#!/usr/bin/env python # coding: utf-8 # # # # # Linear Algebra in Python # # ### Modules - Basics #
# By Henning G. Hugdal, Håkon W. Ånes and Jon Andreas Støvneng #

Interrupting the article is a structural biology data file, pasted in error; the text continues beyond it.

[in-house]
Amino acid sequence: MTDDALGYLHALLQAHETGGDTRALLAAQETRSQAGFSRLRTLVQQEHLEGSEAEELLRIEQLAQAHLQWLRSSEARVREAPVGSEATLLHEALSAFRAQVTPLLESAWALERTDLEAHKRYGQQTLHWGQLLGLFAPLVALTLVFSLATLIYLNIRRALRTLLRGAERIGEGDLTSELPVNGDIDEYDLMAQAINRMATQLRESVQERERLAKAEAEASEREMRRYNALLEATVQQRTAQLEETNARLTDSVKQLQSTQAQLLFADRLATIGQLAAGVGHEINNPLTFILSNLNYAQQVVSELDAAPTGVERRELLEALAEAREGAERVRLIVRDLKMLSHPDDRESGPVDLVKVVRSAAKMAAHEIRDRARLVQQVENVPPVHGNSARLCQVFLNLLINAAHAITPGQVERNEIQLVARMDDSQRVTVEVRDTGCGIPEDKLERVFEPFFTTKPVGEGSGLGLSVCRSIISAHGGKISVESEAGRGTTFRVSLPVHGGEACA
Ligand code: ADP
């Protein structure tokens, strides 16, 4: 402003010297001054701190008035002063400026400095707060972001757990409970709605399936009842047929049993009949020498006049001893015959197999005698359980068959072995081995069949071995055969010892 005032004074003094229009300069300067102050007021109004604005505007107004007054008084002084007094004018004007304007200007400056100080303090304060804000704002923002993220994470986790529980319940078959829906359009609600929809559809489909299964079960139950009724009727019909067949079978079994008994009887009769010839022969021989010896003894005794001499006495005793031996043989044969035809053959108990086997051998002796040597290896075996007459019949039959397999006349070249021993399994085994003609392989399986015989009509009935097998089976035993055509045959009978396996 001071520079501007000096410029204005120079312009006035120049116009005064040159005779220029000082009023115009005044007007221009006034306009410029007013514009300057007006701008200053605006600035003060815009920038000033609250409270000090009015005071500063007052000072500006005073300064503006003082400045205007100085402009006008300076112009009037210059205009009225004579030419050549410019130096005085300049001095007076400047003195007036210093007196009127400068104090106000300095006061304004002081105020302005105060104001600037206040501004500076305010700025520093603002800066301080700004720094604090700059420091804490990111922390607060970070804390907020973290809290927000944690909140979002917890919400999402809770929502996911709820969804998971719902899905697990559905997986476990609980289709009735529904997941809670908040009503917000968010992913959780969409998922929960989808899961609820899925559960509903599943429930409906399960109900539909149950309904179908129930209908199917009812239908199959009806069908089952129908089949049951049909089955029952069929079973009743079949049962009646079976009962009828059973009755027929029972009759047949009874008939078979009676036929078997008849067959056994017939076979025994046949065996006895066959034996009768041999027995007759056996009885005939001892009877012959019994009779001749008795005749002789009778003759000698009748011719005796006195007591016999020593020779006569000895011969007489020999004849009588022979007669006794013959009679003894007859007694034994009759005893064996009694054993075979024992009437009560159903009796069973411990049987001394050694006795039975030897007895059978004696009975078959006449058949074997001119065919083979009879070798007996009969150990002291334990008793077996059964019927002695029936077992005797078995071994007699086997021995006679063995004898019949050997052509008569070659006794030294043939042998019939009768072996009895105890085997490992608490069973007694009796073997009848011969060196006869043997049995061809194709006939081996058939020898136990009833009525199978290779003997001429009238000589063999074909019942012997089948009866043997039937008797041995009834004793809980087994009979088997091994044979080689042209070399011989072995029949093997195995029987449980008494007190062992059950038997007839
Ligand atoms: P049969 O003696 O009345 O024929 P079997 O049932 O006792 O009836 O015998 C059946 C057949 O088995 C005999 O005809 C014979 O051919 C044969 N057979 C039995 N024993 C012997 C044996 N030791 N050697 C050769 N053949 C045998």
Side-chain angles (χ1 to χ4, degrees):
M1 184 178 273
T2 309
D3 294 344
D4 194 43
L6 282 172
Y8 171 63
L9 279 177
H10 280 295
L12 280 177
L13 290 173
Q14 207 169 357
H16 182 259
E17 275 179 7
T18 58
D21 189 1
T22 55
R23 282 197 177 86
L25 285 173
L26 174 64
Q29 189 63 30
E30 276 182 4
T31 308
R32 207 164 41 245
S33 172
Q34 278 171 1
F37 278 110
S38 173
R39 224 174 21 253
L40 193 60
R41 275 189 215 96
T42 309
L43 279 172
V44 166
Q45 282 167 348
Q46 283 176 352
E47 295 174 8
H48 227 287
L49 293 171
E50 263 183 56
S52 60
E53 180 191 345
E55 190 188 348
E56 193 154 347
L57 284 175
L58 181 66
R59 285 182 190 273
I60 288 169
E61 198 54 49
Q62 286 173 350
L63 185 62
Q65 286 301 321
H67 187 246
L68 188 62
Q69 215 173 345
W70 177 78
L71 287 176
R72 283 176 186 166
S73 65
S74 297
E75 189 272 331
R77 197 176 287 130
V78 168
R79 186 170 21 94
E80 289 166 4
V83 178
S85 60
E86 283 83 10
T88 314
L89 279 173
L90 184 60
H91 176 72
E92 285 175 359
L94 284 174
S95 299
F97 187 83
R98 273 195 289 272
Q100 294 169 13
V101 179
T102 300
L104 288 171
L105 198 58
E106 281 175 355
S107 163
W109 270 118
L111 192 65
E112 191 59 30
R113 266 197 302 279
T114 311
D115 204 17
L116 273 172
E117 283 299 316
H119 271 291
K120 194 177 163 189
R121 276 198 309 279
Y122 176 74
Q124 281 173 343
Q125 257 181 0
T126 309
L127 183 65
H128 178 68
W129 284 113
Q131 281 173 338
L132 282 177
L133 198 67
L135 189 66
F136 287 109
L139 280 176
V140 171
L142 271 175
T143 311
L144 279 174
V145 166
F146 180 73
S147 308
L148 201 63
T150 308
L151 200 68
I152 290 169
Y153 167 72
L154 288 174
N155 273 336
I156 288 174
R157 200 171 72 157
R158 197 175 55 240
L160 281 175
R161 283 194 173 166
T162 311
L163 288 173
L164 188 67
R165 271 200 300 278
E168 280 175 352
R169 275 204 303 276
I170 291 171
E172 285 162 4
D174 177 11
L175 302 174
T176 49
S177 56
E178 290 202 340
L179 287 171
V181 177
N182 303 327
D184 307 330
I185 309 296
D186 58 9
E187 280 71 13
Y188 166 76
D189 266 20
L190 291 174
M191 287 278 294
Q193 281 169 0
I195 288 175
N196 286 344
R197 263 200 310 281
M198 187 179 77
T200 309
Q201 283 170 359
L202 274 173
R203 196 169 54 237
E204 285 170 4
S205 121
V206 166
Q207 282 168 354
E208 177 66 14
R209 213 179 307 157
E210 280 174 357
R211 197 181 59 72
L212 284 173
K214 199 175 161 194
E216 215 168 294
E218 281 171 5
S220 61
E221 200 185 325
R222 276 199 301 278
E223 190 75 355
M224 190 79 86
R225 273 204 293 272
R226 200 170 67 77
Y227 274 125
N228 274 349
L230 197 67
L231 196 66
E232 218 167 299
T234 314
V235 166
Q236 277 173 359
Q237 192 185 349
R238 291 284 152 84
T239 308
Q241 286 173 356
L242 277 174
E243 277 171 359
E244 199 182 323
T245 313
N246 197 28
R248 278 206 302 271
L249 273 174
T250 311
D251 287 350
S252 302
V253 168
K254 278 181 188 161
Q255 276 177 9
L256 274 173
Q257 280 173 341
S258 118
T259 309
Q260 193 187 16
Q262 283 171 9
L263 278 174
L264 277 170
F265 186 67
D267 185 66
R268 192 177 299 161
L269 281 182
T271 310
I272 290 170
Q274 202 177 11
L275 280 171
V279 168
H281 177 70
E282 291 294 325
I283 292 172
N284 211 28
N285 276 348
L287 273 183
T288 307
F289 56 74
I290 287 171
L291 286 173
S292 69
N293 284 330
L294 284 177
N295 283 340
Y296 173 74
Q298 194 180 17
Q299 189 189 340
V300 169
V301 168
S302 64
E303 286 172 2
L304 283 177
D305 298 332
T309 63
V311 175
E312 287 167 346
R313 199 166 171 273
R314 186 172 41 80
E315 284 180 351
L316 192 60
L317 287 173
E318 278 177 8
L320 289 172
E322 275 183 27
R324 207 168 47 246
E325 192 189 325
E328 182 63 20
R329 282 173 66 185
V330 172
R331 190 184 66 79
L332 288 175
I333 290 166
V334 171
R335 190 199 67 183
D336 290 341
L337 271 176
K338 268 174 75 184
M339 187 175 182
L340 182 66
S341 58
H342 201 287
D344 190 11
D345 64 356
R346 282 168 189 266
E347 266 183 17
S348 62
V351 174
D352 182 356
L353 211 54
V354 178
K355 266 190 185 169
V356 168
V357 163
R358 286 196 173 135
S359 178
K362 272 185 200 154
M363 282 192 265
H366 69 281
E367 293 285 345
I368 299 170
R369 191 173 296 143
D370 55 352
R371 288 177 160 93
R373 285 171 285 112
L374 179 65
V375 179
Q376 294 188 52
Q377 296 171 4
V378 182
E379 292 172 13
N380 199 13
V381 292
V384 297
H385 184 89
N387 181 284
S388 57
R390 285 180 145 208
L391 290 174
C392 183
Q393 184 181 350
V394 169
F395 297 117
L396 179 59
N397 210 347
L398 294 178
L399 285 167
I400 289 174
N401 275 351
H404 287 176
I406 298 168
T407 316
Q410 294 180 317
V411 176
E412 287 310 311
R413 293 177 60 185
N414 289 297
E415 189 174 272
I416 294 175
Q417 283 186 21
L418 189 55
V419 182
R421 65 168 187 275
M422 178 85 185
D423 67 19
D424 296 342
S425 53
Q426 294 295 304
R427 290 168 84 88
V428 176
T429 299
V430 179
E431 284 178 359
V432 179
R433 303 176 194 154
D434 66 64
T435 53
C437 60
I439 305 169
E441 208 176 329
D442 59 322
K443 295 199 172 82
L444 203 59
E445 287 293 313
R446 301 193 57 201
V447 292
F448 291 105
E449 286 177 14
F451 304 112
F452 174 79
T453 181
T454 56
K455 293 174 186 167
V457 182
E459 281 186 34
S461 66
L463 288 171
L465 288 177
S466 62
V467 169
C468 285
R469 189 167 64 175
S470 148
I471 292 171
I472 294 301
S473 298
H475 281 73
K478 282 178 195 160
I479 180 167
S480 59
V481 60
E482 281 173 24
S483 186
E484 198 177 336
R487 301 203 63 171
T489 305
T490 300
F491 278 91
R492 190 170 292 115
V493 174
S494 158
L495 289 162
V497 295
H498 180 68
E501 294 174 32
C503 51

# Last edited: February 7th 2018 # ___ # Even though matrix operations might not be as naturally built in to Python as in for instance MATLAB, Python can be used to solve linear algebra problems. In addition to functions in the numpy base library, numpy also has its own linear algebra package called linalg. In this module we will take a look at how numpy and linalg can be used to handle matrices. First of all we need to import numpy and linalg: # In[1]: import numpy as np import numpy.linalg as la # ### Basic operations # Let's first define two matrices $A$ and $B$ by using numpy arrays: # In[2]: A = np.array([[1, 2], [1, 2]]) B = np.array([[2, 1], [1, 2]]) # In order to do a regular matrix multiplication between $A$ and $B$ we use the numpy function inner(A,B): # In[5]: print(np.inner(A, B)) # Powers of the same matrix can be calculated using linalg.matrix_powers(A,n), where $n$ is the integer power. # In[7]: print(la.matrix_power(A, 2)) # ### Solving Linear Systems of Equations # Linear systems of equations $A\vec{x}=b$ can be solved using linalg.solve(A,b), which returns the vector $\vec{x}$. As an example, let's solve the system of equations # \begin{align} # 2x + y - z &= 8\\ # -3x - y + 2z &= -11\\ # -2x + y + 2z &= -3, # \end{align} # In[8]: A = np.array([[2, 1, -1], [-3, -1, 2], [-2, 1, 2]]) b = np.array([8, -11, -3]) x = la.solve(A, b) print(x) # We see that the solution is $x=2$, $y=3$ and $z=-1$. We could also have solved the above by calculating the inverse of $A$ and multiplying it with $b$. The inverse of $A$ can be calculated using linalg.inv(A). # In[9]: A_inv = la.inv(A) x = np.inner(A_inv, b) print(x) # We see that this gives the same solution, as it should! # ### Eigenvalue Problems # The linalg package can also be used to find the eigenvalus and eigenvectors of a matrix, that is, the vector $\vec{x}$ of a matrix $A$ which fulfills # $$A\vec{x} = a \vec{x},$$ # where $a$ is a constant. Let's determine the eigenvalues and eigenvectors of the matrix $B$ defined above. # In[12]: (a, x) = la.eig(B) print("Eigenvalues:\n", a) print("Eigenvectors:") for i in range(len(x)): print(x[:, i]) # From the above we see that $B$ has the eigenvalues $3$ and $1$ with eigenvectors $[1, 1]/\sqrt{2}$ and $[-1,1]/\sqrt{2}$ respectively. The function eig returns an array $a$ of eigenvalues and array $x$ with normalized eigenvectors, such that the vector x[:,i] corresponds to the eigenvalue a[i]. # The above shows just some of the various functions available in the numpy and linalg libraries. For more information, see the link to the documentation below. # ### References # [1] [Documentation](http://docs.scipy.org/doc/numpy/reference/routines.linalg.html) of the Numpy Linear Algebra package.